18. Hammer bit
A hammer drill is used to make holes in brick, concrete, masonry, and even rock. A hammer drill uses a specific type of drill bit designed specifically for these tough materials….
The most powerful of this type, SDS hammer drills, can only be used in hammer mode, with no rotation.
19. Glass bit
A glass drill bit is used to drill through glass, plastic, composite, brick, marble, and hollow brick. It is more resistant to high temperatures, is ideal for drilling into dense material, and speeds up dust removal.
20. Forstner bit
Forstner bits are unique in their ability to drill overlapping holes, notches on the edges of a workpiece, and angled holes on the face of a workpiece (pocket holes, for example). The bit will cut whether or not the center spur is engaged with the workpiece. This feature is unique to the Forstner bit.
For making clean and smooth hole in the wood ,this type of drill bit is right choice to use.
This bit allows for precise hole cutting. It has a pointed tip which assists in keeping the bit precisely where you need it.
Forstner bit has no flute and must be removed on a regular basis for cleaning of chips and dust. A drill press with this type of drill bit is required for a variety of applications.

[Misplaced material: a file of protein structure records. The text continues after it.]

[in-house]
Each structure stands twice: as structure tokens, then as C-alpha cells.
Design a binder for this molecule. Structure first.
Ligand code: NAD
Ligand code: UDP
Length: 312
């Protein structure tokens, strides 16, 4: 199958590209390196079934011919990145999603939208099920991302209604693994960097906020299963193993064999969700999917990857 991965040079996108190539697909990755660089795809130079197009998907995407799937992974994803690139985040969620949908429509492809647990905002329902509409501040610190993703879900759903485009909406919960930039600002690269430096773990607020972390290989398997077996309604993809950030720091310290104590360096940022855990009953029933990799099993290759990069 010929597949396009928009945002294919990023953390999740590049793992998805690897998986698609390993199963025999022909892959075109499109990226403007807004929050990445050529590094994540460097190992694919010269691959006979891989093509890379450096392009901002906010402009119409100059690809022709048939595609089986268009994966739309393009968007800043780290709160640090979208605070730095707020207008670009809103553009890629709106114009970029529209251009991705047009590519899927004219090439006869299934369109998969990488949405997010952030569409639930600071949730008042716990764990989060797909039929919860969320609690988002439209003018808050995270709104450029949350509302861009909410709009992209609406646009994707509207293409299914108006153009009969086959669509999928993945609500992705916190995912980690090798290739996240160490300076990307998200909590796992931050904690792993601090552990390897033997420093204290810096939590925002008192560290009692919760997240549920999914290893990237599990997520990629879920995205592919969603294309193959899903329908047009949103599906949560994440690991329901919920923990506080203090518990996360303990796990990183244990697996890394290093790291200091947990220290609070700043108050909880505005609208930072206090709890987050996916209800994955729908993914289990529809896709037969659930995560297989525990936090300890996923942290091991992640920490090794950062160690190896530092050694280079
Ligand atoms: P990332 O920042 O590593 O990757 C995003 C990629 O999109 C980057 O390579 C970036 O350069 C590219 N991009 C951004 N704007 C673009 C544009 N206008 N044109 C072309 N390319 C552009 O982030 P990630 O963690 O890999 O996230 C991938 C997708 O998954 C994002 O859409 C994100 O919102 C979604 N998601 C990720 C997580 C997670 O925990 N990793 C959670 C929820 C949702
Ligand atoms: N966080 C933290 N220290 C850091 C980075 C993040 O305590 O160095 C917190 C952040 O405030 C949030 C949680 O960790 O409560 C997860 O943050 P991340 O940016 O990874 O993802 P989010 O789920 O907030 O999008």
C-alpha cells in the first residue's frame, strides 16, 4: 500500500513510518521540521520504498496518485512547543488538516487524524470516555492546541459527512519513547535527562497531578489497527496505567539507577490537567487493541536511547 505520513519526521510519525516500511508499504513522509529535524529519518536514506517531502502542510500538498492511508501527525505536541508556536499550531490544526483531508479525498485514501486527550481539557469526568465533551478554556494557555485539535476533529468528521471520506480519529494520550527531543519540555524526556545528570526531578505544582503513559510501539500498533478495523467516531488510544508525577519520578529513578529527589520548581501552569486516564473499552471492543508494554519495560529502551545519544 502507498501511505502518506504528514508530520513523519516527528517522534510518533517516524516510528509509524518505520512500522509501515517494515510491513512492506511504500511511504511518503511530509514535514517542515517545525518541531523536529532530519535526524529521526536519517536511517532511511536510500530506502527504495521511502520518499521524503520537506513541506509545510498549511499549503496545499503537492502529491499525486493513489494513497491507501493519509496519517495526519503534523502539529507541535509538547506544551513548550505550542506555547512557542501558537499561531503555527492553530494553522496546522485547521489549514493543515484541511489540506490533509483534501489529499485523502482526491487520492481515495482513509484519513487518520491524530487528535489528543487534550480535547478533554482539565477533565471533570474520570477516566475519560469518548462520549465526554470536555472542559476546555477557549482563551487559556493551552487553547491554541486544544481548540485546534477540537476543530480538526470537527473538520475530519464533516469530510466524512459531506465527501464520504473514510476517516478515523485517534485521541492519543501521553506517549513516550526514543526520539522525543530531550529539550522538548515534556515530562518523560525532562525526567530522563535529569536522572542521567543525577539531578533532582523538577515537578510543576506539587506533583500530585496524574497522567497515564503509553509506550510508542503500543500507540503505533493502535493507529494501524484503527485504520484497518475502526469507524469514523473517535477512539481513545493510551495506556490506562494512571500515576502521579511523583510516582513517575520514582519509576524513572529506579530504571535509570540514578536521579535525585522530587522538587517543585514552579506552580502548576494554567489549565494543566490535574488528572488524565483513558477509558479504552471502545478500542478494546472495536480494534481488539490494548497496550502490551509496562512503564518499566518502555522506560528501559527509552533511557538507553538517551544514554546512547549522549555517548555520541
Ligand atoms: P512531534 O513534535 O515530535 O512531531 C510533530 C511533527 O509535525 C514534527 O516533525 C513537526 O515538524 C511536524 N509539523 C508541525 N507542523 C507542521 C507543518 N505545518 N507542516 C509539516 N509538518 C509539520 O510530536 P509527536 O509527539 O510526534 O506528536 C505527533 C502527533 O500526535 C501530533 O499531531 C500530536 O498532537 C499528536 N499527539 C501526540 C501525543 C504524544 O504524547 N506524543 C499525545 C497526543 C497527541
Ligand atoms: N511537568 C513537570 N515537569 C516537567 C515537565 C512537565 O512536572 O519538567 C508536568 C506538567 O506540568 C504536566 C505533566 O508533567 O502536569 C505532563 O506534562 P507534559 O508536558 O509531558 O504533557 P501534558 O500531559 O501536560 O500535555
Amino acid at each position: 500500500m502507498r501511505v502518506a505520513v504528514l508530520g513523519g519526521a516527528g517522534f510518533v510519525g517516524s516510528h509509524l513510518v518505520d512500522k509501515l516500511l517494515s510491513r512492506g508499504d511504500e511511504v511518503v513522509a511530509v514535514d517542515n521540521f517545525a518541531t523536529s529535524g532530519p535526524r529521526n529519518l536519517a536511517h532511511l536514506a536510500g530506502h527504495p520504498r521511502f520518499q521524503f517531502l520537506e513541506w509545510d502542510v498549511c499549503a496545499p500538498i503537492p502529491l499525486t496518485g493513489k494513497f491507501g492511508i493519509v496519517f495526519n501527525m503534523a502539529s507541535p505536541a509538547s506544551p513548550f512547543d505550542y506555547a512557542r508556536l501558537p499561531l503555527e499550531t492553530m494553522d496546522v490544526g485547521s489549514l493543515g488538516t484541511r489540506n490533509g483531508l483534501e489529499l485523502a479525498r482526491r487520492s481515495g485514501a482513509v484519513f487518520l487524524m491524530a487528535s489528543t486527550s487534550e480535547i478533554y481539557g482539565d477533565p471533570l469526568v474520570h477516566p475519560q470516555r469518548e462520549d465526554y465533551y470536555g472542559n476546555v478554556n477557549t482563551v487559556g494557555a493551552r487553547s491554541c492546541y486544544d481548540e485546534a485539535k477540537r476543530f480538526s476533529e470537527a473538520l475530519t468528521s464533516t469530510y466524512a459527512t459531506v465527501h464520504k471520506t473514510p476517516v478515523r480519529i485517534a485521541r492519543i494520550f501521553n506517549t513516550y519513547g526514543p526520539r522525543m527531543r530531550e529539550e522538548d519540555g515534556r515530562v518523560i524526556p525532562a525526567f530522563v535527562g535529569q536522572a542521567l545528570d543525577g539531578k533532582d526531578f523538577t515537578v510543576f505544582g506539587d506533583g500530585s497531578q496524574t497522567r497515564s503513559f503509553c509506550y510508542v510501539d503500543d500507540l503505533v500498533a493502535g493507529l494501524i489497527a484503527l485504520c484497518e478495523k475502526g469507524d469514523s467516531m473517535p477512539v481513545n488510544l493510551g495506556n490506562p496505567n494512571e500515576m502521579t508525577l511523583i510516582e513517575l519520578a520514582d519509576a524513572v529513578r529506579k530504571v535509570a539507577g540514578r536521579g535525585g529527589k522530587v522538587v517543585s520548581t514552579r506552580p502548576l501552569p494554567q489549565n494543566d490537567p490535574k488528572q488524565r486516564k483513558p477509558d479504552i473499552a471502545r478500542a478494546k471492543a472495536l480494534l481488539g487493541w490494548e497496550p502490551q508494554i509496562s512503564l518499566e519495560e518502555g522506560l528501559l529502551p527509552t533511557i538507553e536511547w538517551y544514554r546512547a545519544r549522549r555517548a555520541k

21. Hole saw
Hole saw, also known as a hole cutter, is a saw blade with an annular kerf that cuts a hole in the workpiece without removing the core material.
It is used fot drilling. Hole saws typically have a pilot drill bit at their center for keeping the saw teeth from walking.
This type of drill bit is useful for installing door hardware or creating a wiring pass-through. The hole saw creates a useless plug, which is pushed out by a side cut-out in the saw cylinder.
You can also use an attachment to center the hole and a pilot bit to stabilize the blade. Instead of a pilot bit, small hole saws have a built-in shank. You can make holes in both wood and metal with a bi-metal hole saw.
22. Plug cutter
Plug cutter is a drill bit used for covering up any unwanted holes created when making screw holes.
One of the most common applications for a wood plug cutter is to make plugs to cover up and conceal screw heads. Drilling screw holes with carbide tipped countersink bits creates a deeper hole, allowing the screw head to be inserted below the surface.
Uses :- these plug cutters are used to cover up any unwanted holes created when making screw holes In wood carvings, and any wood carpentry shops. Expert wood workers also utilize plug cutters for decorative works.